Check out the Map (In Portuguese)…
The Economist, 03/22/2016
ON MARCH 18th Brazil’s political crisis entered a new phase. After months of procedural wrangling, congressmen voted to commence impeachment proceedings against Dilma Rousseff, the country’s embattled president. On paper, Ms Rousseff’s main sin is resorting to accounting trickery in order to disguise the true size of the budget deficit. In practice, she is paying the political price for mismanagement of the economy and a corruption scandal centred on Petrobras, the state oil company, which has engulfed her left-wing Workers’ Party (PT). Will she survive the ordeal?
This is not the first time that Brazil’s young democracy has gone through the trauma of impeachment. In 1992, seven years after the end of the military regime in power from 1964 to 1985, Congress booted out Fernando Collor. Mr Collor, the first post-dictatorship leader chosen by popular vote, was accused of taking bribes (his criminal conviction was later overturned on a technicality; he is now a senator, and under investigation in the Petrobras imbroglio, which he denies having any involvement in). Back then, there was agreement that Mr Collor must go, both among ordinary Brazilians and their representatives in the capital, Brasília. The impeachment motion easily cleared the constitutional hurdle of at least two-thirds of votes in favour in both houses of Congress.
To avert a similar fate, Ms Rousseff first needs to convince at least 172 lower-house legislators out of 513 to back her. She has ten congressional sessions, or two or three weeks, to present her defence to a special commission. This body then has five sessions to issue a recommendation to the full house, which must vote on it within 48 hours. If Ms Rousseff’s foes fall short of 342 votes, the case is buried. Should they succeed, senators must then approve, by an absolute majority of 41 out of 81, to accept the lower-house motion. If they do, a trial of up to 180 days begins, presided over by the chief justice of the Supreme Court. During this period, Ms Rousseff steps down and her vice-president, Michel Temer, temporarily takes her place. If at least 54 senators subsequently vote to remove her, Mr Temer would probably serve out the rest of the term, which ends in 2018.
The Economist, 12/22/2012
SO RARELY has political corruption led to punishment in Brazil that there is an expression for the way scandals peter out. They “end in pizza”, with roughly the same convivial implication as settling differences over a drink. But a particularly brazen scandal has just drawn to a surprisingly disagreeable close for some prominent wrongdoers. The supreme-court trial of the mensalão (big monthly stipend), a scheme for buying votes in Brazil’s Congress that came to light in 2005, ended on December 17th. Of the 38 defendants, 25 were found guilty of charges including corruption, money-laundering and misuse of public funds. Many received stiff sentences and large fines.
The supreme court must still write its report on the trial, and hear appeals—though it is unlikely to change its mind. So in 2013 Brazilians should be treated to an unprecedented sight: well-connected politicos behind bars. José Dirceu, who served as chief of staff to the former president, Luiz Inácio Lula da Silva, was sentenced to almost 11 years; Delúbio Soares, former treasurer of the ruling Workers’ Party (PT), got almost nine. Under the penal code, at least part of such long sentences must be served in jail. The justices also decided that the three federal deputies found guilty will automatically lose their seats if and when those verdicts are confirmed.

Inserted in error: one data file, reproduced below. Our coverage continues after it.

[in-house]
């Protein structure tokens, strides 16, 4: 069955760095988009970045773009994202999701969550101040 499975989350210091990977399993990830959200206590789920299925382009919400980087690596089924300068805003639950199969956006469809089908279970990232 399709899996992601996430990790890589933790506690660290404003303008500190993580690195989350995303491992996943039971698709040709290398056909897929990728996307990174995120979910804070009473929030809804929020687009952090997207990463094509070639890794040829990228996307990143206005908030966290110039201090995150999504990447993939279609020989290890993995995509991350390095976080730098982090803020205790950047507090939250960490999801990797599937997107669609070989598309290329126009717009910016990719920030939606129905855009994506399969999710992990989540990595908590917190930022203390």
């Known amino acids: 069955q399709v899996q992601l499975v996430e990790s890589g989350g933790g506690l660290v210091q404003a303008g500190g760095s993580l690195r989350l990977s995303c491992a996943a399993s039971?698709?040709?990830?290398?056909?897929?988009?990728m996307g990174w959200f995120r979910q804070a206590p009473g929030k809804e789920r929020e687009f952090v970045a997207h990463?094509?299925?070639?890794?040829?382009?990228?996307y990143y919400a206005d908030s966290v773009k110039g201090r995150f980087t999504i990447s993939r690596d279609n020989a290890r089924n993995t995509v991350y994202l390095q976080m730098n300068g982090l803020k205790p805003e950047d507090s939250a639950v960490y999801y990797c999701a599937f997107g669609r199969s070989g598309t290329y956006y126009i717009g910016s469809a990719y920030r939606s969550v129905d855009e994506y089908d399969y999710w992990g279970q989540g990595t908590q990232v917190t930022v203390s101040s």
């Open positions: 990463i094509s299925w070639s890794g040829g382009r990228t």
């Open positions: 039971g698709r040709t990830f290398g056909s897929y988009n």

Lula was not charged, and has always insisted he knew nothing of the scheme. But Marcos Valério, a former advertising man sentenced to 40 years, claims to have evidence that Lula knew what was going on, and that some of the dirty money paid his personal expenses. These allegations may be merely a desperate attempt by a condemned man to bargain down his jail term. The attorney-general characterised Mr Valério as a “player”, and said his claims should be treated with caution. But if he has significant new evidence the mensalão may yet rumble on.
Maria Luiza Rebello – Bloomgberg, 09/25/2012
Brazil’s Congress yesterday concluded voting on a decree to revamp the country’s forest code, handing President Dilma Rousseff a second defeat on her plan to limit deforestation.
The president’s decree signed May 25 required that cleared areas bordering rivers wider than 10 meters be replanted out to 20 meters on each bank. Lawmakers reduced that distance to 15 meters. On larger tracts, the protection was lowered from 30 meters to 20 meters. Lawmakers have also authorized the use of fruit trees for replanting.
“The president has repeatedly showed that the government is only committed to the original version of the decree,” Senator Eduardo Braga, leader of the government coalition in the Senate, said. “The possibility of another veto is real,” he told reporters in Brasilia.
A professional clown who won a seat in Brazil’s Congress has to disprove a lawsuit claiming he can’t read or write before taking up his mandate, a judge has ruled.
Francisco Oliveira, a 45-year-old television comic better known by his stage name Tiririca, has 10 days to show he is not illiterate, the judge for the central electoral zone in Sao Paulo, Aloisio Sergio Rezende Silveira, ruled late Monday.
The judge overturned another magistrate’s decision to throw out the lawsuit after hearing that a police forensic examination raised suspicions over whether it was Tiririca’s handwriting on his official electoral application.
Under Brazil’s constitution, federal deputies in Congress have to be literate to pass laws.